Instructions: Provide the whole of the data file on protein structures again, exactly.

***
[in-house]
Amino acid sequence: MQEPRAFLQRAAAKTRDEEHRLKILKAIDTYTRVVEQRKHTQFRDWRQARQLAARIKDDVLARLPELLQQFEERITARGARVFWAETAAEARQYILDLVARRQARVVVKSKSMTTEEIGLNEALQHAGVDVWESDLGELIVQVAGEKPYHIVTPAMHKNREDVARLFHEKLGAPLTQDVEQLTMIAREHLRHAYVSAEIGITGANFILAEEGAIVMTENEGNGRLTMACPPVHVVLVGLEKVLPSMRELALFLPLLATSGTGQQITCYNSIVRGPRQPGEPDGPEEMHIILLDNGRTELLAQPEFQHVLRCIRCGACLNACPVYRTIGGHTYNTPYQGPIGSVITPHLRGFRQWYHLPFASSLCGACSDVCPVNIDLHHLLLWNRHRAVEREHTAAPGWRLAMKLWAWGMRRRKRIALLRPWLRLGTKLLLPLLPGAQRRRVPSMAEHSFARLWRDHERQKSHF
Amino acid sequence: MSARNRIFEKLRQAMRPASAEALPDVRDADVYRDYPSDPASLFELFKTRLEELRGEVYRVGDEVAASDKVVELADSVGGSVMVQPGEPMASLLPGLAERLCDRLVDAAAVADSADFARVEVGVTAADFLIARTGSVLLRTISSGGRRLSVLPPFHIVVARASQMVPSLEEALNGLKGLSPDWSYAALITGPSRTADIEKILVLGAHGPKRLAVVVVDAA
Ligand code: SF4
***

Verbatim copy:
[in-house]
Amino acid sequence: MQEPRAFLQRAAAKTRDEEHRLKILKAIDTYTRVVEQRKHTQFRDWRQARQLAARIKDDVLARLPELLQQFEERITARGARVFWAETAAEARQYILDLVARRQARVVVKSKSMTTEEIGLNEALQHAGVDVWESDLGELIVQVAGEKPYHIVTPAMHKNREDVARLFHEKLGAPLTQDVEQLTMIAREHLRHAYVSAEIGITGANFILAEEGAIVMTENEGNGRLTMACPPVHVVLVGLEKVLPSMRELALFLPLLATSGTGQQITCYNSIVRGPRQPGEPDGPEEMHIILLDNGRTELLAQPEFQHVLRCIRCGACLNACPVYRTIGGHTYNTPYQGPIGSVITPHLRGFRQWYHLPFASSLCGACSDVCPVNIDLHHLLLWNRHRAVEREHTAAPGWRLAMKLWAWGMRRRKRIALLRPWLRLGTKLLLPLLPGAQRRRVPSMAEHSFARLWRDHERQKSHF
Amino acid sequence: MSARNRIFEKLRQAMRPASAEALPDVRDADVYRDYPSDPASLFELFKTRLEELRGEVYRVGDEVAASDKVVELADSVGGSVMVQPGEPMASLLPGLAERLCDRLVDAAAVADSADFARVEVGVTAADFLIARTGSVLLRTISSGGRRLSVLPPFHIVVARASQMVPSLEEALNGLKGLSPDWSYAALITGPSRTADIEKILVLGAHGPKRLAVVVVDAA
Ligand code: SF4